So, the Quran says there’s no problem with peoples of other faiths using “Allah”, the state enactments are limited in their scope, and the Constitution says that everyone can practice their religion peacefully. What other justification can be used to try to ban this word?
There are two more; firstly it is culturally unacceptable among the Malays in peninsular Malaysia to hear the name Allah on non-Muslim lips. Oh yes, this is a great argument.
It reminds me of similar arguments used in the past. For example, “it is culturally unacceptable to allow negro children to go to the same schools as white children”. Look, just because some people are bigoted does not mean we have to pander to them.
Secondly, there is also the argument that if Muslims see Allah being used by non-Muslims they will get awfully confused and in their simple-mindedness, they will become Christians. People who make this argument can’t have very high regard for Malay intelligence. Rather insulting, I think.
At the end of the day there is no scriptural or legal reason to ban the use of Allah by non-Muslims, and if the powers that be have an iota of principle in their collective bones, they would stand on principle and not cater to the small minded and ignorant.
Instead they try to be pragmatic, leading to ludicrous statements like “it’s all right to use Allah in Sabah and Sarawak but not in the peninsula”.
The Muslim community, particularly the leadership, must ask itself: Is the way Islam is taught in this country so weak that Muslims can get easily confused by just one word?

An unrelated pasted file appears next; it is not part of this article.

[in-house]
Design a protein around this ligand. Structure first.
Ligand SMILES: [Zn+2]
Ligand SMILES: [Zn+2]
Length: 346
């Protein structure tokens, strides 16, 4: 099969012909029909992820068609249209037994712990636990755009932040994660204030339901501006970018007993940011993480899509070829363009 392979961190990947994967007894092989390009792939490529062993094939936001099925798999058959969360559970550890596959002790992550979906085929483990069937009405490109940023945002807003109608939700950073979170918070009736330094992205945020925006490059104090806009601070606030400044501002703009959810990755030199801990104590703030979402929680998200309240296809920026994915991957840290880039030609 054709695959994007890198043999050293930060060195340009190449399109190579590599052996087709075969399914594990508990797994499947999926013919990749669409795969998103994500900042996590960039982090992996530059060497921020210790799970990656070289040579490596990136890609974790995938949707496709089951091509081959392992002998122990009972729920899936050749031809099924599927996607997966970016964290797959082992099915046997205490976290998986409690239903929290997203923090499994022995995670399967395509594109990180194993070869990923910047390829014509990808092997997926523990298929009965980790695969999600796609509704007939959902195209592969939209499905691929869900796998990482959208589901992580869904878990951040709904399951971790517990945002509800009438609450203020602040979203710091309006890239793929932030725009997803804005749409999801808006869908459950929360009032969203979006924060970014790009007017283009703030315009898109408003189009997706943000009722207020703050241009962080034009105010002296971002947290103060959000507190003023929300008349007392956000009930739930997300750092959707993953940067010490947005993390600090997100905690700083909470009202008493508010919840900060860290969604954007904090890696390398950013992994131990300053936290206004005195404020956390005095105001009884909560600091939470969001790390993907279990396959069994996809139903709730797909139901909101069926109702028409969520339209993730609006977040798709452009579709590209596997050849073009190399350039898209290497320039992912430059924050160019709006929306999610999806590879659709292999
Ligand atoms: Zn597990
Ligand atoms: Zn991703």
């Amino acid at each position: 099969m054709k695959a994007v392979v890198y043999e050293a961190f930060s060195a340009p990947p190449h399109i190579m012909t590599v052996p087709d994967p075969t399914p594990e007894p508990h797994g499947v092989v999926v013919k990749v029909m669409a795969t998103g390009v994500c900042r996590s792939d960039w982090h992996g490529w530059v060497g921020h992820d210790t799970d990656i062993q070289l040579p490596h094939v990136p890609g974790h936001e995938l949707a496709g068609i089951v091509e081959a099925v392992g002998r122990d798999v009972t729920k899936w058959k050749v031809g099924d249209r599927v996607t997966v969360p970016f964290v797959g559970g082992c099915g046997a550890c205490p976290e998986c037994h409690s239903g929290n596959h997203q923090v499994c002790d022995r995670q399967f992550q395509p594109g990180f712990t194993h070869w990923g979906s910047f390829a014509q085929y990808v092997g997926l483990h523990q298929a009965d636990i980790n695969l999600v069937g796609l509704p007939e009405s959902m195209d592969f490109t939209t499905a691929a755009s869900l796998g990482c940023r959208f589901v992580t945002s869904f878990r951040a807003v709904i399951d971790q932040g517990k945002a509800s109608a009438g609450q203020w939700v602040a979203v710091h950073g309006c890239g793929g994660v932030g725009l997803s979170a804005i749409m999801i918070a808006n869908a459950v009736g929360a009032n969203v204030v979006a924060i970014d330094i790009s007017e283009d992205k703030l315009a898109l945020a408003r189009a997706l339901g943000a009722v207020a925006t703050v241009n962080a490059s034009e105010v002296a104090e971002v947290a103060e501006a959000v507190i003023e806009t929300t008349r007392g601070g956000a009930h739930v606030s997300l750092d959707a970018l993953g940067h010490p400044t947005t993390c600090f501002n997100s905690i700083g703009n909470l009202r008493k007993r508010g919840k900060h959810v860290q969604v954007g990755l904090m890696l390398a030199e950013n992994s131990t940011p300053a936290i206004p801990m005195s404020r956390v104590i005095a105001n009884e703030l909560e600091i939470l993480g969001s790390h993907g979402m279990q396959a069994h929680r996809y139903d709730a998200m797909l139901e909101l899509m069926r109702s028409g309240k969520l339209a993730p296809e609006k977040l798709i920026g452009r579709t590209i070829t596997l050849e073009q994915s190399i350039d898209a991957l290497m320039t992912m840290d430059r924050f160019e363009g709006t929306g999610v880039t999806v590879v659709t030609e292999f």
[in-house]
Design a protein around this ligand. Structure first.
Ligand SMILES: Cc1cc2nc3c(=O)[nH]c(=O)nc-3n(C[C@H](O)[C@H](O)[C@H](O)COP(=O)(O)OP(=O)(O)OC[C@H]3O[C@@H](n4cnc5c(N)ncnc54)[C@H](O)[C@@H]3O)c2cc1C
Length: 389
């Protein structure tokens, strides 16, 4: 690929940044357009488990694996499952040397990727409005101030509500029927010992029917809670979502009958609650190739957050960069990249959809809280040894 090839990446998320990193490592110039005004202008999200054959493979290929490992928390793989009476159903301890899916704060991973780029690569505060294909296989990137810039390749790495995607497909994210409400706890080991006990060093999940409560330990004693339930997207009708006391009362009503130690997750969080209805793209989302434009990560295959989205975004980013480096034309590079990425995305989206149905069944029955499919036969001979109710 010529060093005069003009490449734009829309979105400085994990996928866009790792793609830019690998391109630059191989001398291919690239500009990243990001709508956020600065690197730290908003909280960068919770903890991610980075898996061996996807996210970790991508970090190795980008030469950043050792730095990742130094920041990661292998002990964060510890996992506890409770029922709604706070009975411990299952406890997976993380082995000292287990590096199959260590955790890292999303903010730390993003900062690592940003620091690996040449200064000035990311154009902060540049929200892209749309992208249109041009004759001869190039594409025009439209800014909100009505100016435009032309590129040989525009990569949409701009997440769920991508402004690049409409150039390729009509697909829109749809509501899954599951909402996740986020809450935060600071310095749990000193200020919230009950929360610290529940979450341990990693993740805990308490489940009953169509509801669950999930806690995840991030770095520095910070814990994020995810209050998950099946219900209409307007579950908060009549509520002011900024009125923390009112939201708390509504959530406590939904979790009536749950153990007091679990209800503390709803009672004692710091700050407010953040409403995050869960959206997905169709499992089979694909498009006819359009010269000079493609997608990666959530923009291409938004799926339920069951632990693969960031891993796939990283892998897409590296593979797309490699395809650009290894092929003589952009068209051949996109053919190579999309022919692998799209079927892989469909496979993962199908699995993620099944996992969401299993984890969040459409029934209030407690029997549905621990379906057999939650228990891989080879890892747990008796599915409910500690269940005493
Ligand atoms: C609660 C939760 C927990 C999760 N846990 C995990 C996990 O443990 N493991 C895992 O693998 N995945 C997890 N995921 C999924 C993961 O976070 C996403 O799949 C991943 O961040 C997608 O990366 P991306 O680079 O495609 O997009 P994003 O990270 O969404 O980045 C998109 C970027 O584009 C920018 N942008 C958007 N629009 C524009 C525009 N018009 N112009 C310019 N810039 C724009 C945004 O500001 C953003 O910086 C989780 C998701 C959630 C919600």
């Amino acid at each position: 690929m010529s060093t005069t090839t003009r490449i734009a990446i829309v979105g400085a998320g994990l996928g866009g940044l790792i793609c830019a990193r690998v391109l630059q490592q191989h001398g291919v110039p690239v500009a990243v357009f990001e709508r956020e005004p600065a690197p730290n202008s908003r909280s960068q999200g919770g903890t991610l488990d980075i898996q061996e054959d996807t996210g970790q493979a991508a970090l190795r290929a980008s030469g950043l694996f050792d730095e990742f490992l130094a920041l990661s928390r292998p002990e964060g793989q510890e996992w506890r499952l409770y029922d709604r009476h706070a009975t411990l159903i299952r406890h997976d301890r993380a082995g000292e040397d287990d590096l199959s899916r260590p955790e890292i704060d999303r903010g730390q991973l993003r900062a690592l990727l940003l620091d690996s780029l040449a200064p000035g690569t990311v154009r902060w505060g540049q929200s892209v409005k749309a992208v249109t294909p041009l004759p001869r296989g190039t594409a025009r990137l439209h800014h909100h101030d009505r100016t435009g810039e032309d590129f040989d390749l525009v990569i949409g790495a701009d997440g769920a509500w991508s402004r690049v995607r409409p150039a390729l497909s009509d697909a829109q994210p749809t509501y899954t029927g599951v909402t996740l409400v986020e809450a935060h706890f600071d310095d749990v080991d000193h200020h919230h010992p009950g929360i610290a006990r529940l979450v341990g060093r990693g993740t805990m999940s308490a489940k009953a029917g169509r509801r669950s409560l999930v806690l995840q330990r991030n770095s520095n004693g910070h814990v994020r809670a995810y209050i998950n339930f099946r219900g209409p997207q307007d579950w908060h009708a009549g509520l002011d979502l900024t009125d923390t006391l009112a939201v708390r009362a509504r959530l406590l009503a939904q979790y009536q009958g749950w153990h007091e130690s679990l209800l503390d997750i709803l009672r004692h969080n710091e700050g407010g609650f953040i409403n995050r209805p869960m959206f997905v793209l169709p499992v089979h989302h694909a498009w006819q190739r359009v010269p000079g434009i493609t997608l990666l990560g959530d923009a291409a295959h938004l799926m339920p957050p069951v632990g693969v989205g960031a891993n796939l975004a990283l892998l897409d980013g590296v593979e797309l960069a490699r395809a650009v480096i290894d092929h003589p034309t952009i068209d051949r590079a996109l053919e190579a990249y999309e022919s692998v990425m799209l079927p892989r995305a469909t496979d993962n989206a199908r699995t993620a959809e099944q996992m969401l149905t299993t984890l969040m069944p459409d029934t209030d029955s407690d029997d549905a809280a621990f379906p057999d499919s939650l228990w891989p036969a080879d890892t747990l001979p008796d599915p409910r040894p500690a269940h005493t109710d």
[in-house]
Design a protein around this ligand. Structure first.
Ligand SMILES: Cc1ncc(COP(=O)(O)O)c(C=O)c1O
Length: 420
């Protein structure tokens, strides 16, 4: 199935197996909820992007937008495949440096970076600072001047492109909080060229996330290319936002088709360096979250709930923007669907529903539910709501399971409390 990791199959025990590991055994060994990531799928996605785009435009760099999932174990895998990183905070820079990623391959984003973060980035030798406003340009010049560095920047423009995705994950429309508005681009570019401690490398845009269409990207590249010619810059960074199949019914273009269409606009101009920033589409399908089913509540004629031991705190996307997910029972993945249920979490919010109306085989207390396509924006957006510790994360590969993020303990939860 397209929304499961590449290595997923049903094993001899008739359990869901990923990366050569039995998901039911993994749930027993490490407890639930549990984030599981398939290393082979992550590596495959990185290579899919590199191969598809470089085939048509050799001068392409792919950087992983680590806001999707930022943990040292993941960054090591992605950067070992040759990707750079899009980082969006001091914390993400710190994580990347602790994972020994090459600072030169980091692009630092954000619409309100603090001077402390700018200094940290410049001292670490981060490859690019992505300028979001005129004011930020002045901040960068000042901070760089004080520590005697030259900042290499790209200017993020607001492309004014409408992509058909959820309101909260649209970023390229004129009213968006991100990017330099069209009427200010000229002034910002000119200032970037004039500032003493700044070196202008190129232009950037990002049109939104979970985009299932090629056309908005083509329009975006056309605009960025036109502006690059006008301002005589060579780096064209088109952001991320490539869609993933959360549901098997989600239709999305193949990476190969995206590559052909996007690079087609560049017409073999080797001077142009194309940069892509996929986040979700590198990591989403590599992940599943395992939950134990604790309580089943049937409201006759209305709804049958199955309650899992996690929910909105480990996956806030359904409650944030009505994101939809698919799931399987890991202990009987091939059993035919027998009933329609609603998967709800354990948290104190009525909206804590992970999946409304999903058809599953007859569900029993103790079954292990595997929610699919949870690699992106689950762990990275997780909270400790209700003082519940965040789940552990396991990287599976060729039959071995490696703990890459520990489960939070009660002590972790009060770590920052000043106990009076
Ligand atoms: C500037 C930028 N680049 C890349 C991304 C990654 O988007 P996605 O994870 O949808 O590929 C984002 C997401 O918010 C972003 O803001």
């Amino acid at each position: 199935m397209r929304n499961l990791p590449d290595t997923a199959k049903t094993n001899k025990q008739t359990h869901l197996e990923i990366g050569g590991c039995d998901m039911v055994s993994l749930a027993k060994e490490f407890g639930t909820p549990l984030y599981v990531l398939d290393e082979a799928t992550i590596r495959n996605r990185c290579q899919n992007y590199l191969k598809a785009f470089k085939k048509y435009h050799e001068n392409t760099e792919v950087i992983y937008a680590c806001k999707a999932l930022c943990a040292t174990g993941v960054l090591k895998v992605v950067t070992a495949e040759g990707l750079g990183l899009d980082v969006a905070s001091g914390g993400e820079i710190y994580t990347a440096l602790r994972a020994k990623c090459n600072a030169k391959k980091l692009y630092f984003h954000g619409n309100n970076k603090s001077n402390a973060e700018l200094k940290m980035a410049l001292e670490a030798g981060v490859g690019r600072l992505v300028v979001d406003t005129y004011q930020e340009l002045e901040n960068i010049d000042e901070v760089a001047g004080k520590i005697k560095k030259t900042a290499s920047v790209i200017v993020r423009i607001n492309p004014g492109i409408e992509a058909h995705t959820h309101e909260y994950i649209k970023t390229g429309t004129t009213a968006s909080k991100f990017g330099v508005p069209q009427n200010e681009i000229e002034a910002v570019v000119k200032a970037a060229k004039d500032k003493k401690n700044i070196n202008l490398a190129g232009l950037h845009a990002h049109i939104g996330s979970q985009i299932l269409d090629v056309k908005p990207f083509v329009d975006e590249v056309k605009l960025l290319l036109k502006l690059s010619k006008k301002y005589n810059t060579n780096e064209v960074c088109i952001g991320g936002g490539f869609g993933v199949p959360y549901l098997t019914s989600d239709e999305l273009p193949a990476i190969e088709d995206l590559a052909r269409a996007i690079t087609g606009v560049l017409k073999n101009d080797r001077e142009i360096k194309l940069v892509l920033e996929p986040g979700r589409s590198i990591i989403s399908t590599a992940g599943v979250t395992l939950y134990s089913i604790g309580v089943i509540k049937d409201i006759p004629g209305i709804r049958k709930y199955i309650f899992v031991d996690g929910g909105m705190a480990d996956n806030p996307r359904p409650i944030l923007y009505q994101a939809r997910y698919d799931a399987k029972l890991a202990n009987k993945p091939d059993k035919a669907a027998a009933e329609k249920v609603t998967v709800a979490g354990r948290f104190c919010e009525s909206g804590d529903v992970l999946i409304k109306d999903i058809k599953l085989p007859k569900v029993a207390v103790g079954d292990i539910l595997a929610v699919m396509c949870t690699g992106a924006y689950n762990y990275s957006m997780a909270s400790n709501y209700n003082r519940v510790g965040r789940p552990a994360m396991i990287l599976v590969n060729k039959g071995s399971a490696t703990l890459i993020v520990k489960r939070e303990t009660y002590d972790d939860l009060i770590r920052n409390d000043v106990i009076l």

I do not believe there is any evidence of large scale conversions by Muslims to Christianity. It is illegal for Christians to try to convert Muslims anyway.
However, if this sort of unintelligent and vicious behaviour goes on, I can’t imagine a greater disservice to Islam.
The Catholic church must not back down on this matter. It is in the right and if it gives in now, it will set the precedence that a bunch of thugs with firebombs can dictate the type of country we live in.
For the good of the country as a whole, not just any specific religious or ethnic group, we must never allow the mob to rule.

Sunday, 17 January 2010

Ear biting is fighting dirty

Brave New World (The Star)
January 7, 2010

"There are ways and means to deal with the alleged leak of evidence yet to be tendered to the Teoh Beng Hock inquest. The most obvious and fair procedure would be to make a complaint with the inquiry itself."


YOU know someone is in trouble when he starts to play dirty. Take for example the fight between boxing heavyweights Mike Tyson and Evander Holyfield in 1997.
I have always thought of Holyfield as a great fighter ever since I saw him fight George Foreman in 1991.
Those were the days before satellite TV and you could get live heavyweight championship fights for free on normal telly.
Holyfield had just beaten Buster Douglas, who put up a weak and spiritless defence of the title he had won from Tyson in Japan.